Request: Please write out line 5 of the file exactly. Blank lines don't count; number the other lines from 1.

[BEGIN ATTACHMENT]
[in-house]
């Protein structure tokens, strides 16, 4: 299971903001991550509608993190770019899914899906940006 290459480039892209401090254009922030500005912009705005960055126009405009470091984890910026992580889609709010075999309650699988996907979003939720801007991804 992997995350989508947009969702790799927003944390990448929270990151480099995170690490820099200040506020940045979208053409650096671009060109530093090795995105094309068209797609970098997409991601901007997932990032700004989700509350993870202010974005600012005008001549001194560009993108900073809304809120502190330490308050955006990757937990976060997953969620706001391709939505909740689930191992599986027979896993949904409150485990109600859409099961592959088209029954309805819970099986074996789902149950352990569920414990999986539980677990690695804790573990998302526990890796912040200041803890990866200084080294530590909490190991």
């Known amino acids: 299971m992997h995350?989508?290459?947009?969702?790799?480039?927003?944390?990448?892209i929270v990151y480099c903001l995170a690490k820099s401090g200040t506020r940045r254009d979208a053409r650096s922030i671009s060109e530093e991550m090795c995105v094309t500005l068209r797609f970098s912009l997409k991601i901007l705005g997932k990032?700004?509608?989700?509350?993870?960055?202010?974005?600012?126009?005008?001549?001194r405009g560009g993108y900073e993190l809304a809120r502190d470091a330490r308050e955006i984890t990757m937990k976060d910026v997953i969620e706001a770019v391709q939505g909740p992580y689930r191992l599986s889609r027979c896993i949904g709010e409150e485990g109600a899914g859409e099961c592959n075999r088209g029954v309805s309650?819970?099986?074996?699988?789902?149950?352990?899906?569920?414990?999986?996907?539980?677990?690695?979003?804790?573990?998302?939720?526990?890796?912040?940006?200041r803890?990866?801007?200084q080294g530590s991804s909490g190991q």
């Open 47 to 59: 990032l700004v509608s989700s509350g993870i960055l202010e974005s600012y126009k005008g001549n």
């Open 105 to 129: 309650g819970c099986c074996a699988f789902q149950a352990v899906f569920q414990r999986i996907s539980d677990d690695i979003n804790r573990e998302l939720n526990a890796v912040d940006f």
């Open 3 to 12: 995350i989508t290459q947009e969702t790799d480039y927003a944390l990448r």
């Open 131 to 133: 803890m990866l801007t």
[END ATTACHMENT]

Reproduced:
């Open 105 to 129: 309650g819970c099986c074996a699988f789902q149950a352990v899906f569920q414990r999986i996907s539980d677990d690695i979003n804790r573990e998302l939720n526990a890796v912040d940006f």